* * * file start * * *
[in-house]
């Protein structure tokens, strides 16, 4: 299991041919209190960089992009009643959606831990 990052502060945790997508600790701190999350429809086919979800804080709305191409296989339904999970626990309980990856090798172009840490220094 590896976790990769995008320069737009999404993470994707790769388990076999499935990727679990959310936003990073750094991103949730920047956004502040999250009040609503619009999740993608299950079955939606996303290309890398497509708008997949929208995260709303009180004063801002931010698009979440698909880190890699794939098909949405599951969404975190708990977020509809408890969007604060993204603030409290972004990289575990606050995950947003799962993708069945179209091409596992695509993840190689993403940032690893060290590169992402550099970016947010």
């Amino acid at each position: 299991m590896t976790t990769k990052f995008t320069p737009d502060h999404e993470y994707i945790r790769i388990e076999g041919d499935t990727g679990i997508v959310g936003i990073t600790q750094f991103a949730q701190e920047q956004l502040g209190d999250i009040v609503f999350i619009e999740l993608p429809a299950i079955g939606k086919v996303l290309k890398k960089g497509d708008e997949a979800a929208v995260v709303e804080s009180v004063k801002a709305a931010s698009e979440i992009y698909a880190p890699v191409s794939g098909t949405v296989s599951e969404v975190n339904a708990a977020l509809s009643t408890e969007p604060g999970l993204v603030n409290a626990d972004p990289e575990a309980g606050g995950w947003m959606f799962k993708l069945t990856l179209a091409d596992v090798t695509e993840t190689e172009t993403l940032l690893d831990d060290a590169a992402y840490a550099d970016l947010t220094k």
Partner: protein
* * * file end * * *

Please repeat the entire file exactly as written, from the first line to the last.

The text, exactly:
[in-house]
């Protein structure tokens, strides 16, 4: 299991041919209190960089992009009643959606831990 990052502060945790997508600790701190999350429809086919979800804080709305191409296989339904999970626990309980990856090798172009840490220094 590896976790990769995008320069737009999404993470994707790769388990076999499935990727679990959310936003990073750094991103949730920047956004502040999250009040609503619009999740993608299950079955939606996303290309890398497509708008997949929208995260709303009180004063801002931010698009979440698909880190890699794939098909949405599951969404975190708990977020509809408890969007604060993204603030409290972004990289575990606050995950947003799962993708069945179209091409596992695509993840190689993403940032690893060290590169992402550099970016947010």
């Amino acid at each position: 299991m590896t976790t990769k990052f995008t320069p737009d502060h999404e993470y994707i945790r790769i388990e076999g041919d499935t990727g679990i997508v959310g936003i990073t600790q750094f991103a949730q701190e920047q956004l502040g209190d999250i009040v609503f999350i619009e999740l993608p429809a299950i079955g939606k086919v996303l290309k890398k960089g497509d708008e997949a979800a929208v995260v709303e804080s009180v004063k801002a709305a931010s698009e979440i992009y698909a880190p890699v191409s794939g098909t949405v296989s599951e969404v975190n339904a708990a977020l509809s009643t408890e969007p604060g999970l993204v603030n409290a626990d972004p990289e575990a309980g606050g995950w947003m959606f799962k993708l069945t990856l179209a091409d596992v090798t695509e993840t190689e172009t993403l940032l690893d831990d060290a590169a992402y840490a550099d970016l947010t220094k």
Partner: protein